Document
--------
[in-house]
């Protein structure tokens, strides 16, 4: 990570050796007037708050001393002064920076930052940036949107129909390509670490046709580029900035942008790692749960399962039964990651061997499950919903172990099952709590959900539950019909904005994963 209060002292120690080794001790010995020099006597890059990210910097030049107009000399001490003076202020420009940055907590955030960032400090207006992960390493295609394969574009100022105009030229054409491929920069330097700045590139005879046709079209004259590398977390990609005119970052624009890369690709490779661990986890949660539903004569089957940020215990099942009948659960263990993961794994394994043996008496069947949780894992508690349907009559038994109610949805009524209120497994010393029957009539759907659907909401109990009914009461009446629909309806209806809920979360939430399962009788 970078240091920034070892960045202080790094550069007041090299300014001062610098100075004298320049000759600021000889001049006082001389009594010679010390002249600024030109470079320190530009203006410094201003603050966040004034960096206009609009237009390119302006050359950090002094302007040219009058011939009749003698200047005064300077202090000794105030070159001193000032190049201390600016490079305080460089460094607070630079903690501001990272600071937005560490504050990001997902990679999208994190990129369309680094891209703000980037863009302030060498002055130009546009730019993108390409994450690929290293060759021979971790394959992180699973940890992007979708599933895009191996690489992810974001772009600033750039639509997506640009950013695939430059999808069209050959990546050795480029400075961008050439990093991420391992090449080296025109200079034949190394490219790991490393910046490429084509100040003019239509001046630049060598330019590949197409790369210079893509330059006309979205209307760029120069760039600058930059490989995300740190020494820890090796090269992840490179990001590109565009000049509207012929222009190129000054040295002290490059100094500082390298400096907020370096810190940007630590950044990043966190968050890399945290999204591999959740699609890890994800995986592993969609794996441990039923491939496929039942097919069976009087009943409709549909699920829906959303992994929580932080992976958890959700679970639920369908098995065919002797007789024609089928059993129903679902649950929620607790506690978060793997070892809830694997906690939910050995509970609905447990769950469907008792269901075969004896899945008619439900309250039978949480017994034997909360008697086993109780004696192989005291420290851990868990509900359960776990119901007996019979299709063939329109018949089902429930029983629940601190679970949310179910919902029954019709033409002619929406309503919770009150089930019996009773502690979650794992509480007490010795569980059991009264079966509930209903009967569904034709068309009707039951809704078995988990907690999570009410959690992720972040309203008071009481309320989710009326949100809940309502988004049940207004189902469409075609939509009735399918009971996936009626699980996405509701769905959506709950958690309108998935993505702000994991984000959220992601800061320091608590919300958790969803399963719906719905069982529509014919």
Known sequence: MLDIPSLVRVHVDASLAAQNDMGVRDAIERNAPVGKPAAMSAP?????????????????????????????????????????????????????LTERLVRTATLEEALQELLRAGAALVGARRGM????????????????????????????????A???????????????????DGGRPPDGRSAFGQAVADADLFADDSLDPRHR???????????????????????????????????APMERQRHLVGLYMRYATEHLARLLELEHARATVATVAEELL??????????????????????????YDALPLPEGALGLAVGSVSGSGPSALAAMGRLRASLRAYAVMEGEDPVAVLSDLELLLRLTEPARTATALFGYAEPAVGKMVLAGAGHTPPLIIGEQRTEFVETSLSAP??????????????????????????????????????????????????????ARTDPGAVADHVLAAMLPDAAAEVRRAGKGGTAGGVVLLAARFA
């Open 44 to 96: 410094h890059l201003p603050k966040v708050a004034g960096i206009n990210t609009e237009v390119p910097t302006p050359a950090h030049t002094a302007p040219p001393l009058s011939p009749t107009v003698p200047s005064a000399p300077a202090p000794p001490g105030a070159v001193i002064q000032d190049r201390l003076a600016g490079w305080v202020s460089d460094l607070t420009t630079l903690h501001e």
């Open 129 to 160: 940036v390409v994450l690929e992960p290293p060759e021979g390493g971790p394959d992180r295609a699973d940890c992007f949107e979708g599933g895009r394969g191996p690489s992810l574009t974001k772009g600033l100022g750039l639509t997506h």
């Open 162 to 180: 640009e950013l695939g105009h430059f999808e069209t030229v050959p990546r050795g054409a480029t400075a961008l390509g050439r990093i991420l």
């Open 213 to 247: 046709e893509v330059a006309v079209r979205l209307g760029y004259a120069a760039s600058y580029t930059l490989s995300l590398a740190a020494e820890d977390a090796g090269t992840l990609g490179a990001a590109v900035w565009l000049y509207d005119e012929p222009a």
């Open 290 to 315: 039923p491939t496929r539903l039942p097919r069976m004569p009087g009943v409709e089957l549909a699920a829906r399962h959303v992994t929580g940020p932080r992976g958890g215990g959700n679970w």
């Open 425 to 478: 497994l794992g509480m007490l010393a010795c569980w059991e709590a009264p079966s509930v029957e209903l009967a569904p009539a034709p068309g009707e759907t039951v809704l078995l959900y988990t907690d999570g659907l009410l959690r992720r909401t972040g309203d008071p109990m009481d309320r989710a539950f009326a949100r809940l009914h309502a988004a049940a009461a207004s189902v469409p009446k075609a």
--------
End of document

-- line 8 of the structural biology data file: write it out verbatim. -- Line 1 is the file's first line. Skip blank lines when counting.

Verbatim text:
């Open 290 to 315: 039923p491939t496929r539903l039942p097919r069976m004569p009087g009943v409709e089957l549909a699920a829906r399962h959303v992994t929580g940020p932080r992976g958890g215990g959700n679970w």